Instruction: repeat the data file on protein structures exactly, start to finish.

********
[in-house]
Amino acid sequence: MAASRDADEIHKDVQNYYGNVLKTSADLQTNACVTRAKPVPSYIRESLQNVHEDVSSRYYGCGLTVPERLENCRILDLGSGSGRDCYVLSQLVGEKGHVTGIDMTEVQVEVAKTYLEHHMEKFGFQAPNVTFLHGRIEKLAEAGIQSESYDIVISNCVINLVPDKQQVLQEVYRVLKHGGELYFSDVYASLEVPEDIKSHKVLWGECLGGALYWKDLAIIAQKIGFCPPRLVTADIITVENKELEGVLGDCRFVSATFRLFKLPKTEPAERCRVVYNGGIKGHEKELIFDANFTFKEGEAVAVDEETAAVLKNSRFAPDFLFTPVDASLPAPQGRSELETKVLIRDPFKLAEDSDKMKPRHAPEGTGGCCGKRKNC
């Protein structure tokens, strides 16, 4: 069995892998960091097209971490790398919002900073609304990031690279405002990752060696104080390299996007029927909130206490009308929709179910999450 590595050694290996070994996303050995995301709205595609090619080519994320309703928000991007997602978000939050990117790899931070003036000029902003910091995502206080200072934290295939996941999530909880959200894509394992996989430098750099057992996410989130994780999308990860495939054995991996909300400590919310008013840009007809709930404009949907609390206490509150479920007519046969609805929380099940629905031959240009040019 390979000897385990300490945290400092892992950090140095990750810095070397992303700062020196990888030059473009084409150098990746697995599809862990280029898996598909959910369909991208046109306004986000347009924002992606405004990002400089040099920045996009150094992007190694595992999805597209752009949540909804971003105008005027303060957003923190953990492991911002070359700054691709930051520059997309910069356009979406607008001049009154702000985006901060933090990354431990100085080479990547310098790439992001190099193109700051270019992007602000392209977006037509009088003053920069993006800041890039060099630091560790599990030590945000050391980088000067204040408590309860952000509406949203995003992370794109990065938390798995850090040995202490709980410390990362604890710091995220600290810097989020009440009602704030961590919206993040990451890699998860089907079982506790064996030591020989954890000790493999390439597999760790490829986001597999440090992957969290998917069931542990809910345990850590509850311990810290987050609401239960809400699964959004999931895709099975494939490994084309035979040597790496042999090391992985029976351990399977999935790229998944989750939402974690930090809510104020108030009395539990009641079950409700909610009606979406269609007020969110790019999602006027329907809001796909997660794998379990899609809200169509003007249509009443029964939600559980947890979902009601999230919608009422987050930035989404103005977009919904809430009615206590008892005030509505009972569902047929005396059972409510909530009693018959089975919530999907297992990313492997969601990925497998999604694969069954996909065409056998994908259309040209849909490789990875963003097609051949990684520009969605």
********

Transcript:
[in-house]
Amino acid sequence: MAASRDADEIHKDVQNYYGNVLKTSADLQTNACVTRAKPVPSYIRESLQNVHEDVSSRYYGCGLTVPERLENCRILDLGSGSGRDCYVLSQLVGEKGHVTGIDMTEVQVEVAKTYLEHHMEKFGFQAPNVTFLHGRIEKLAEAGIQSESYDIVISNCVINLVPDKQQVLQEVYRVLKHGGELYFSDVYASLEVPEDIKSHKVLWGECLGGALYWKDLAIIAQKIGFCPPRLVTADIITVENKELEGVLGDCRFVSATFRLFKLPKTEPAERCRVVYNGGIKGHEKELIFDANFTFKEGEAVAVDEETAAVLKNSRFAPDFLFTPVDASLPAPQGRSELETKVLIRDPFKLAEDSDKMKPRHAPEGTGGCCGKRKNC
């Protein structure tokens, strides 16, 4: 069995892998960091097209971490790398919002900073609304990031690279405002990752060696104080390299996007029927909130206490009308929709179910999450 590595050694290996070994996303050995995301709205595609090619080519994320309703928000991007997602978000939050990117790899931070003036000029902003910091995502206080200072934290295939996941999530909880959200894509394992996989430098750099057992996410989130994780999308990860495939054995991996909300400590919310008013840009007809709930404009949907609390206490509150479920007519046969609805929380099940629905031959240009040019 390979000897385990300490945290400092892992950090140095990750810095070397992303700062020196990888030059473009084409150098990746697995599809862990280029898996598909959910369909991208046109306004986000347009924002992606405004990002400089040099920045996009150094992007190694595992999805597209752009949540909804971003105008005027303060957003923190953990492991911002070359700054691709930051520059997309910069356009979406607008001049009154702000985006901060933090990354431990100085080479990547310098790439992001190099193109700051270019992007602000392209977006037509009088003053920069993006800041890039060099630091560790599990030590945000050391980088000067204040408590309860952000509406949203995003992370794109990065938390798995850090040995202490709980410390990362604890710091995220600290810097989020009440009602704030961590919206993040990451890699998860089907079982506790064996030591020989954890000790493999390439597999760790490829986001597999440090992957969290998917069931542990809910345990850590509850311990810290987050609401239960809400699964959004999931895709099975494939490994084309035979040597790496042999090391992985029976351990399977999935790229998944989750939402974690930090809510104020108030009395539990009641079950409700909610009606979406269609007020969110790019999602006027329907809001796909997660794998379990899609809200169509003007249509009443029964939600559980947890979902009601999230919608009422987050930035989404103005977009919904809430009615206590008892005030509505009972569902047929005396059972409510909530009693018959089975919530999907297992990313492997969601990925497998999604694969069954996909065409056998994908259309040209849909490789990875963003097609051949990684520009969605």